I first read about Easter Island a few years ago and after seeing the documentary, 180 degrees South, I found myself asking the question “What actually happened to Easter Island?” Not only is the island remote, it also bears a mystery that may never be solved.
Easter Island, also known by its indigenous name Rapa Nui, is one of the most isolated places on Earth that is inhabited. (Foot 2006) It lies 2,300 miles from Chile in the South Pacific with the nearest inhabited island, of only about 50 people, 1,250 miles away. This triangular shaped island is home to 3 extinct volcanoes and stretches 15 miles in length and only 7.5 miles wide. It is also well known for its huge statues (moai) which were constructed by the native population more than 200 years ago.
Rapa Nui was settled between A.D. 400-900 by Polynesian people and according to archaeologist, was one of the last of many island groups in the Pacific inhabited by the Polynesian people. (Egan 2005) It is widely believed that the island was discovered by a group of Polynesian people in search of a new settlement. At this time, Rapa Nui was heavily forested and served as a colony for several clans or families. The clans began to use the volcanic quarries to build statues also called moai. The moai represented each clan and were typically modeled after figures or faces with some of these statues measuring 65 feet in length. By the 16th century over 600 statues had been erected and the population had grown to an estimated 10,000 people. As the population grew, the natural resources on the tiny island dwindled.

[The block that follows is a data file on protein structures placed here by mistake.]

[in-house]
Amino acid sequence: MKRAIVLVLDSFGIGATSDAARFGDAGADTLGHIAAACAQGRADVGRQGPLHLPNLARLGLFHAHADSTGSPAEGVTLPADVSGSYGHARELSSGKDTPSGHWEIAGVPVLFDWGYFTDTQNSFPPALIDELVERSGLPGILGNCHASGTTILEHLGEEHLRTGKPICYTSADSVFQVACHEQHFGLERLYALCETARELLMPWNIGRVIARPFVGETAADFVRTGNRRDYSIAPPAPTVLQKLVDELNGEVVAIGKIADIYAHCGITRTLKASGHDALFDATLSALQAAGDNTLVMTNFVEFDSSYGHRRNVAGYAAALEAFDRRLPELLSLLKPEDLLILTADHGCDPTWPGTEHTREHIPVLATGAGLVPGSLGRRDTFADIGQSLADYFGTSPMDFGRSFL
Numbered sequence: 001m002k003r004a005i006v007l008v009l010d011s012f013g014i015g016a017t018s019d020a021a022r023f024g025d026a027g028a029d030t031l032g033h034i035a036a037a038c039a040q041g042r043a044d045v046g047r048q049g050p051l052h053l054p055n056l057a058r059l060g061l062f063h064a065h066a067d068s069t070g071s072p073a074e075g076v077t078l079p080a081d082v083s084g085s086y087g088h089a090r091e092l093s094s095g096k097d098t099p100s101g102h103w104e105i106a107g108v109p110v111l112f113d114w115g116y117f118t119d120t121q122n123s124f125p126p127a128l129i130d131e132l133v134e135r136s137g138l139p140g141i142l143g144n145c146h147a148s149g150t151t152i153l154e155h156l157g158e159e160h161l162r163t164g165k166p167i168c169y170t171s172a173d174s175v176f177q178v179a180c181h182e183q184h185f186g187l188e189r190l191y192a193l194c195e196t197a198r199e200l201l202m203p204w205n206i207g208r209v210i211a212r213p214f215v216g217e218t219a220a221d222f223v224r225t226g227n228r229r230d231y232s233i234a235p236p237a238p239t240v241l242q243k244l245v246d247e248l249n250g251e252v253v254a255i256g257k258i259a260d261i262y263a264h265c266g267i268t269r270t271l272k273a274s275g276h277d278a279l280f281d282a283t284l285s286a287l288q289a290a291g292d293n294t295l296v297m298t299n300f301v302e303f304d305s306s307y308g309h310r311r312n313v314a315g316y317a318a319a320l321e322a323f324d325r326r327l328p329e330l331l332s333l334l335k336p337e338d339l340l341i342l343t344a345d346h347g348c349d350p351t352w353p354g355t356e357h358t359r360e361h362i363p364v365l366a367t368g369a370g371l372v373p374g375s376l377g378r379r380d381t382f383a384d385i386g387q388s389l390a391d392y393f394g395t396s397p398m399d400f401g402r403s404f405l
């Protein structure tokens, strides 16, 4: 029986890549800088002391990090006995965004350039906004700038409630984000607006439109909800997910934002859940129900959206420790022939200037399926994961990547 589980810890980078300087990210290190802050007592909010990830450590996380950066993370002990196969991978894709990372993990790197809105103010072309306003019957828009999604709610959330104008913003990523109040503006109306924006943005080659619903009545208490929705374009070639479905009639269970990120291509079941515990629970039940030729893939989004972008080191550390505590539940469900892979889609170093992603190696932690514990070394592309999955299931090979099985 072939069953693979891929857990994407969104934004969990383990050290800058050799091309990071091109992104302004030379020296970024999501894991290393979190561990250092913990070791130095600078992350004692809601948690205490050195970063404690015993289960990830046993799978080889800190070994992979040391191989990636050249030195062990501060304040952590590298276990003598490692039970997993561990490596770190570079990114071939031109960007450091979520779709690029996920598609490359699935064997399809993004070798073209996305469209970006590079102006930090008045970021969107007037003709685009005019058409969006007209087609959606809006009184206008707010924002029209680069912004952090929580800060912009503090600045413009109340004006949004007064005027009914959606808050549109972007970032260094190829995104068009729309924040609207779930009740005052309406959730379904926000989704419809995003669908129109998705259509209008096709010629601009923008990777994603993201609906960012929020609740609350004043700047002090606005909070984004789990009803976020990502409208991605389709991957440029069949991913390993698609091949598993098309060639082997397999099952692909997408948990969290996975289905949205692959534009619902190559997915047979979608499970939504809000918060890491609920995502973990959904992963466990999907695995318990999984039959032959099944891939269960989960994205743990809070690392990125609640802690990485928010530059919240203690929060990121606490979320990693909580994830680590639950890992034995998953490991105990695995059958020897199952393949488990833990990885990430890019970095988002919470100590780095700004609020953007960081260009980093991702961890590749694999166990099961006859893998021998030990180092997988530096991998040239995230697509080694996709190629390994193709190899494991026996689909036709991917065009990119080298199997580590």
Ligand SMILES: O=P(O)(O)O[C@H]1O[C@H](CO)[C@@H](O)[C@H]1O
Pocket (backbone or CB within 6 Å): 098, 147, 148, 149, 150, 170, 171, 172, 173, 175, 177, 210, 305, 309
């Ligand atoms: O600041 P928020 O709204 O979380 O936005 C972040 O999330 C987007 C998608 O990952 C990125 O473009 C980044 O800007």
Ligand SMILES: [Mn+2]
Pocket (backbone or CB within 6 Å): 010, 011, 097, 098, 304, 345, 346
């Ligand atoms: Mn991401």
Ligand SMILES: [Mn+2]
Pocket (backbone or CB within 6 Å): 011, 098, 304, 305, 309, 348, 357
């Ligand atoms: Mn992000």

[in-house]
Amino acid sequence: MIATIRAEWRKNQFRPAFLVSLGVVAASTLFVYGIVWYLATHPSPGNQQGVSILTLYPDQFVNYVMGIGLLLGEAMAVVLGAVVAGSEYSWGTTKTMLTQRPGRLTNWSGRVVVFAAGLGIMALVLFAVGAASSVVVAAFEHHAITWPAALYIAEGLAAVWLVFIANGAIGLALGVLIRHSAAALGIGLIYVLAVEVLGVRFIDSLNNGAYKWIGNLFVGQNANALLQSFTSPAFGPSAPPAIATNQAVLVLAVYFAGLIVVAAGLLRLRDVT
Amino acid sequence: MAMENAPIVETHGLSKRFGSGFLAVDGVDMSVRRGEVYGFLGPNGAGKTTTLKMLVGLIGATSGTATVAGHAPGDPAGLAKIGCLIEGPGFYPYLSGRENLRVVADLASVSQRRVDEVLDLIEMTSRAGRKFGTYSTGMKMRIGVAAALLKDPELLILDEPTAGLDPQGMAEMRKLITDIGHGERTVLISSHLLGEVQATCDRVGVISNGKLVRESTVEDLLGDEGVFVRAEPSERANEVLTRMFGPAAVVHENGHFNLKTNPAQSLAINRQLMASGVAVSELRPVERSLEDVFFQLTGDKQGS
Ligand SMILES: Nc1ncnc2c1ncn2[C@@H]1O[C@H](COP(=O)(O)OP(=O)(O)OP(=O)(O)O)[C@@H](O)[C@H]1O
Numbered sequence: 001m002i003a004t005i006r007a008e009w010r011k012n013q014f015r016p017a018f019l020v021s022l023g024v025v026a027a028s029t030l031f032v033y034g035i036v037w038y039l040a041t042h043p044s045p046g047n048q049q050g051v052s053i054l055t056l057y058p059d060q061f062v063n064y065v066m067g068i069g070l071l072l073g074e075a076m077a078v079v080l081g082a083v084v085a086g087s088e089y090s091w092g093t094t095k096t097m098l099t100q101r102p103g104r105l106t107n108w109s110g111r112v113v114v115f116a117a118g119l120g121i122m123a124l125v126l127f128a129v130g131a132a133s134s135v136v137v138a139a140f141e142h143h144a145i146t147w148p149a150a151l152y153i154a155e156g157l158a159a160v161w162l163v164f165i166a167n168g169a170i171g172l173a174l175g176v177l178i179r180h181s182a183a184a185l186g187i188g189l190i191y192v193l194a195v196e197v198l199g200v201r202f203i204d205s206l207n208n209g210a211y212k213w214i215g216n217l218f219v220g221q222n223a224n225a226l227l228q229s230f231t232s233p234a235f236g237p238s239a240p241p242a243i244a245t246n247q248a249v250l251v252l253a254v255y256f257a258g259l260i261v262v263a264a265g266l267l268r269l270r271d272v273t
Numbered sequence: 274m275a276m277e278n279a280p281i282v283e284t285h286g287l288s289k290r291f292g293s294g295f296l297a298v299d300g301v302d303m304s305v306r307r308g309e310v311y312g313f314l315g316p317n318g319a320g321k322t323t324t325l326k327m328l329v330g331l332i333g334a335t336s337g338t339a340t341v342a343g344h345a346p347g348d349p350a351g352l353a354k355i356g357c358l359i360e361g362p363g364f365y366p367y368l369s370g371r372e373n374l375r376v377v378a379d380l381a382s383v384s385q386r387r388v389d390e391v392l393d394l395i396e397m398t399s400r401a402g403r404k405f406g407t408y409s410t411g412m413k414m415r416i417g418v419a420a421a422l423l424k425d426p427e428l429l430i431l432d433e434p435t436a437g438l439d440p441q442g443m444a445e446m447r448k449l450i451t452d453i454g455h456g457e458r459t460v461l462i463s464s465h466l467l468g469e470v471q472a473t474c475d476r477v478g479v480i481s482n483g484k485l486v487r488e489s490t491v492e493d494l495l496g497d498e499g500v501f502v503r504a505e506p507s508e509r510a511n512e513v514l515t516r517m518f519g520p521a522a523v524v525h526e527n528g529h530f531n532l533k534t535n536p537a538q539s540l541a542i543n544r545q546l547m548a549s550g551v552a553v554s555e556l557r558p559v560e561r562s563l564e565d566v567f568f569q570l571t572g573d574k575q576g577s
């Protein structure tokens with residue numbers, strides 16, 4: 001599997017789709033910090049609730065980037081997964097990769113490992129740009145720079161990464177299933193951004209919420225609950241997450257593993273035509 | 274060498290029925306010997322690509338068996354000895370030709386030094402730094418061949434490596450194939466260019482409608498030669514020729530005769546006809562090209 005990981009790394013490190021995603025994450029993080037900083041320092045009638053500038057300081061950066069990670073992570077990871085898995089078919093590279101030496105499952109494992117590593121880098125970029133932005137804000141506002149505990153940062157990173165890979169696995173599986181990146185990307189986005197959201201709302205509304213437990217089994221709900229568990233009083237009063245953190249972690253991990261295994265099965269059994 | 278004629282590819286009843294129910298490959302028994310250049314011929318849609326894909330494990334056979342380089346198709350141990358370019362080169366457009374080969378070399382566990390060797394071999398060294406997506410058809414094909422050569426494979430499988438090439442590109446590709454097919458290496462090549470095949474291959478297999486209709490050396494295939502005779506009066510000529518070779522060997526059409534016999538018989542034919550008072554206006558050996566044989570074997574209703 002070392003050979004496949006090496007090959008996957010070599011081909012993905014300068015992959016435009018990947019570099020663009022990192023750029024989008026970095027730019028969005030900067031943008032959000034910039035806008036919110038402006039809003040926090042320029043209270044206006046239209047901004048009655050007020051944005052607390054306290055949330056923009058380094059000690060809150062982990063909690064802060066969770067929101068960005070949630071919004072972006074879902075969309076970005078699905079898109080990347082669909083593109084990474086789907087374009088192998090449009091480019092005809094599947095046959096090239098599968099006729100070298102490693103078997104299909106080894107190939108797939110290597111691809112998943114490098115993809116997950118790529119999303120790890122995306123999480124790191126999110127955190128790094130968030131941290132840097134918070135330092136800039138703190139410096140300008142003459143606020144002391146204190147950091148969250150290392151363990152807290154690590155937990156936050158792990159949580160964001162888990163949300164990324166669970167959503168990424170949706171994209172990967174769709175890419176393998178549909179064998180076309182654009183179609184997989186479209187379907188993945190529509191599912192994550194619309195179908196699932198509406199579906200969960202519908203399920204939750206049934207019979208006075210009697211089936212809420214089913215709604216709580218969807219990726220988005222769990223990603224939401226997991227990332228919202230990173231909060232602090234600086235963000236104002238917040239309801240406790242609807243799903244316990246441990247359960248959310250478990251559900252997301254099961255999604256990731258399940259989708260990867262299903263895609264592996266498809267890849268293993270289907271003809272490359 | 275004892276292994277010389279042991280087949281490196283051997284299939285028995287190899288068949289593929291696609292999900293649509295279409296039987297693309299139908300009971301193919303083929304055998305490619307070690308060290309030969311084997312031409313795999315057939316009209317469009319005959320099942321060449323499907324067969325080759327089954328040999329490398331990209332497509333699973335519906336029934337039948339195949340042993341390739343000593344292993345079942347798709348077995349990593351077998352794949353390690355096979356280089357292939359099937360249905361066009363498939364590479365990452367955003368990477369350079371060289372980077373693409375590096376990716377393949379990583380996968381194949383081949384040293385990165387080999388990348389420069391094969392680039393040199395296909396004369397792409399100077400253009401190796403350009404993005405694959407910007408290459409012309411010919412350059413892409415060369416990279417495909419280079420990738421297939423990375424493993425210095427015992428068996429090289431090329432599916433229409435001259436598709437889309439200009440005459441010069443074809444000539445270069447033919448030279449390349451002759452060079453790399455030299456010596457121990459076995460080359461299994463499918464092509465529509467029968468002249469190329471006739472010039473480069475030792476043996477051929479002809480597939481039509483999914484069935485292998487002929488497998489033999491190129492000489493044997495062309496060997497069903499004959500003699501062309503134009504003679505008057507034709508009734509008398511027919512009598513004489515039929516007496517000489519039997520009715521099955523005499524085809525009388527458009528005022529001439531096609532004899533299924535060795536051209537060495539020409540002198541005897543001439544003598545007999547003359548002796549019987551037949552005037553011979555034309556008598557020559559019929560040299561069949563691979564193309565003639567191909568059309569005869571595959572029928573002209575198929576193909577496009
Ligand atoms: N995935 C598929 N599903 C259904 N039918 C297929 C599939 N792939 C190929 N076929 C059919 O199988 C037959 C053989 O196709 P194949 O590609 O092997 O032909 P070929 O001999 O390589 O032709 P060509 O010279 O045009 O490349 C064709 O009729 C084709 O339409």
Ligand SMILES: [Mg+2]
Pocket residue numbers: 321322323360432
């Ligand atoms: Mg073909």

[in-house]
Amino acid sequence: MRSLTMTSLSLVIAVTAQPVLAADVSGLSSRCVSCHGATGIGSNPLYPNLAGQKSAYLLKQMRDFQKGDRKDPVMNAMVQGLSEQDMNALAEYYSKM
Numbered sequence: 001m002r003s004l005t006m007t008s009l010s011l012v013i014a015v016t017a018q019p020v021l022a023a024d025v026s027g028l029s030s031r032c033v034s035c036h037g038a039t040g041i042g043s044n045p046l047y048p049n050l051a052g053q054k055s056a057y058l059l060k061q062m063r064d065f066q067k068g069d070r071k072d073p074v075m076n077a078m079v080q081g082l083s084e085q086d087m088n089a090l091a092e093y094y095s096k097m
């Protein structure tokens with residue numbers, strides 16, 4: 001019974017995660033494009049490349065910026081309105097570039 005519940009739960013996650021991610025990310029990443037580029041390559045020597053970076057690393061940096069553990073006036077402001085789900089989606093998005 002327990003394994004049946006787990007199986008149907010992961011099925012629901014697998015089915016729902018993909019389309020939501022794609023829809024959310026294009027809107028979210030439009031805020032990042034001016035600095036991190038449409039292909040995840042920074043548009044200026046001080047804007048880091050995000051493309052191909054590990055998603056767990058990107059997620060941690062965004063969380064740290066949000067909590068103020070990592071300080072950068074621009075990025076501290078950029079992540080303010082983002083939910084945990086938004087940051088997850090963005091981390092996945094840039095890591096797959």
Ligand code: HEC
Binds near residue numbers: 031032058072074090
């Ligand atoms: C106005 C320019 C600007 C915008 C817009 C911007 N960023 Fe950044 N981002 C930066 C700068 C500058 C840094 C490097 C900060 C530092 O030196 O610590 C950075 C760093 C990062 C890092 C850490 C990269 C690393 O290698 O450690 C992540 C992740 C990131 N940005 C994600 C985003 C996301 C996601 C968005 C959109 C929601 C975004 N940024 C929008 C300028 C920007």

The first European to visit Rapa Nui was the Dutch admiral Jacob Roggeveen on Easter Sunday, 1722. (Foot 2006) He also gave the island the name Easter Island. What he found was a small society of about 3,000 people living on an island that had been almost completely deforested. They were living in huts and caves and eating primarily agricultural produce. A report from a 1770 Spanish expedition...